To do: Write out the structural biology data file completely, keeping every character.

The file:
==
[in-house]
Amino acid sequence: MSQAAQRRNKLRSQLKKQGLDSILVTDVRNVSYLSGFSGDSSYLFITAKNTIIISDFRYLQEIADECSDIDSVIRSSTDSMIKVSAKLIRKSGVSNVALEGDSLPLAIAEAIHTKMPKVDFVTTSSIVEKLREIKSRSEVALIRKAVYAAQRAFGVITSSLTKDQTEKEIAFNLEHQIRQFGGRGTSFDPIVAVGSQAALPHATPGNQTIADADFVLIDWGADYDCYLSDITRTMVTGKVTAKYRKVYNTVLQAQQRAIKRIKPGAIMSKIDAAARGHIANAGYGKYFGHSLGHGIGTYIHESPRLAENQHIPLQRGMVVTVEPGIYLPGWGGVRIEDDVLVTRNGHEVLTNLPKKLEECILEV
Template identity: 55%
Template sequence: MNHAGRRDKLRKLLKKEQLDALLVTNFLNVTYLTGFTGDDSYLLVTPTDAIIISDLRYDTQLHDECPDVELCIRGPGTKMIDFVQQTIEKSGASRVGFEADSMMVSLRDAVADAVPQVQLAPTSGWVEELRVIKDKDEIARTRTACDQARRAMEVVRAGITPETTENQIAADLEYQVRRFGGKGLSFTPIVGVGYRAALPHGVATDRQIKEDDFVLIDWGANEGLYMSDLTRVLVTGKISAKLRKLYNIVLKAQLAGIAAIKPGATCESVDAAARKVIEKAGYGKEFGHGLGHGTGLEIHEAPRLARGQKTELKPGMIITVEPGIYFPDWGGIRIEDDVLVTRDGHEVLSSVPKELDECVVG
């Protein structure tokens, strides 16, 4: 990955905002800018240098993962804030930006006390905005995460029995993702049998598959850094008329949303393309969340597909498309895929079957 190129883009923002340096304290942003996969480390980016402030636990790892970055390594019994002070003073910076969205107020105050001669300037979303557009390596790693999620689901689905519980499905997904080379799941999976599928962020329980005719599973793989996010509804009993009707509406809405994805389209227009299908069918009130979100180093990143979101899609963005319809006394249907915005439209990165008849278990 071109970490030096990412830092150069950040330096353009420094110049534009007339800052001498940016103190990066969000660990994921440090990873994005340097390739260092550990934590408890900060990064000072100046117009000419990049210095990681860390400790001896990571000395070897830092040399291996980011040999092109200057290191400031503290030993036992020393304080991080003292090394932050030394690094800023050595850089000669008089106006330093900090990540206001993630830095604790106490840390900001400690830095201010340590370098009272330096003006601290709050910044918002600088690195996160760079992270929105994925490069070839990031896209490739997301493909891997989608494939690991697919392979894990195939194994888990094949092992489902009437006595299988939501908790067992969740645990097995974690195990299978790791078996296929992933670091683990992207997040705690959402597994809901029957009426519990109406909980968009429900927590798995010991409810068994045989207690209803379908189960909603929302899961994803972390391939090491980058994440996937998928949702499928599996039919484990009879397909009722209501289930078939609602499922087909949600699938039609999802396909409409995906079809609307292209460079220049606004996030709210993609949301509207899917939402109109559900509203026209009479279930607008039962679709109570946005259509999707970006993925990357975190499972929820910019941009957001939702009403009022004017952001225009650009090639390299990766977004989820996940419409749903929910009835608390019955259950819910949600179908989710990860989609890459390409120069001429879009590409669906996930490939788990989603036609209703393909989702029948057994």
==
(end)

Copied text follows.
[in-house]
Amino acid sequence: MSQAAQRRNKLRSQLKKQGLDSILVTDVRNVSYLSGFSGDSSYLFITAKNTIIISDFRYLQEIADECSDIDSVIRSSTDSMIKVSAKLIRKSGVSNVALEGDSLPLAIAEAIHTKMPKVDFVTTSSIVEKLREIKSRSEVALIRKAVYAAQRAFGVITSSLTKDQTEKEIAFNLEHQIRQFGGRGTSFDPIVAVGSQAALPHATPGNQTIADADFVLIDWGADYDCYLSDITRTMVTGKVTAKYRKVYNTVLQAQQRAIKRIKPGAIMSKIDAAARGHIANAGYGKYFGHSLGHGIGTYIHESPRLAENQHIPLQRGMVVTVEPGIYLPGWGGVRIEDDVLVTRNGHEVLTNLPKKLEECILEV
Template identity: 55%
Template sequence: MNHAGRRDKLRKLLKKEQLDALLVTNFLNVTYLTGFTGDDSYLLVTPTDAIIISDLRYDTQLHDECPDVELCIRGPGTKMIDFVQQTIEKSGASRVGFEADSMMVSLRDAVADAVPQVQLAPTSGWVEELRVIKDKDEIARTRTACDQARRAMEVVRAGITPETTENQIAADLEYQVRRFGGKGLSFTPIVGVGYRAALPHGVATDRQIKEDDFVLIDWGANEGLYMSDLTRVLVTGKISAKLRKLYNIVLKAQLAGIAAIKPGATCESVDAAARKVIEKAGYGKEFGHGLGHGTGLEIHEAPRLARGQKTELKPGMIITVEPGIYFPDWGGIRIEDDVLVTRDGHEVLSSVPKELDECVVG
């Protein structure tokens, strides 16, 4: 990955905002800018240098993962804030930006006390905005995460029995993702049998598959850094008329949303393309969340597909498309895929079957 190129883009923002340096304290942003996969480390980016402030636990790892970055390594019994002070003073910076969205107020105050001669300037979303557009390596790693999620689901689905519980499905997904080379799941999976599928962020329980005719599973793989996010509804009993009707509406809405994805389209227009299908069918009130979100180093990143979101899609963005319809006394249907915005439209990165008849278990 071109970490030096990412830092150069950040330096353009420094110049534009007339800052001498940016103190990066969000660990994921440090990873994005340097390739260092550990934590408890900060990064000072100046117009000419990049210095990681860390400790001896990571000395070897830092040399291996980011040999092109200057290191400031503290030993036992020393304080991080003292090394932050030394690094800023050595850089000669008089106006330093900090990540206001993630830095604790106490840390900001400690830095201010340590370098009272330096003006601290709050910044918002600088690195996160760079992270929105994925490069070839990031896209490739997301493909891997989608494939690991697919392979894990195939194994888990094949092992489902009437006595299988939501908790067992969740645990097995974690195990299978790791078996296929992933670091683990992207997040705690959402597994809901029957009426519990109406909980968009429900927590798995010991409810068994045989207690209803379908189960909603929302899961994803972390391939090491980058994440996937998928949702499928599996039919484990009879397909009722209501289930078939609602499922087909949600699938039609999802396909409409995906079809609307292209460079220049606004996030709210993609949301509207899917939402109109559900509203026209009479279930607008039962679709109570946005259509999707970006993925990357975190499972929820910019941009957001939702009403009022004017952001225009650009090639390299990766977004989820996940419409749903929910009835608390019955259950819910949600179908989710990860989609890459390409120069001429879009590409669906996930490939788990989603036609209703393909989702029948057994």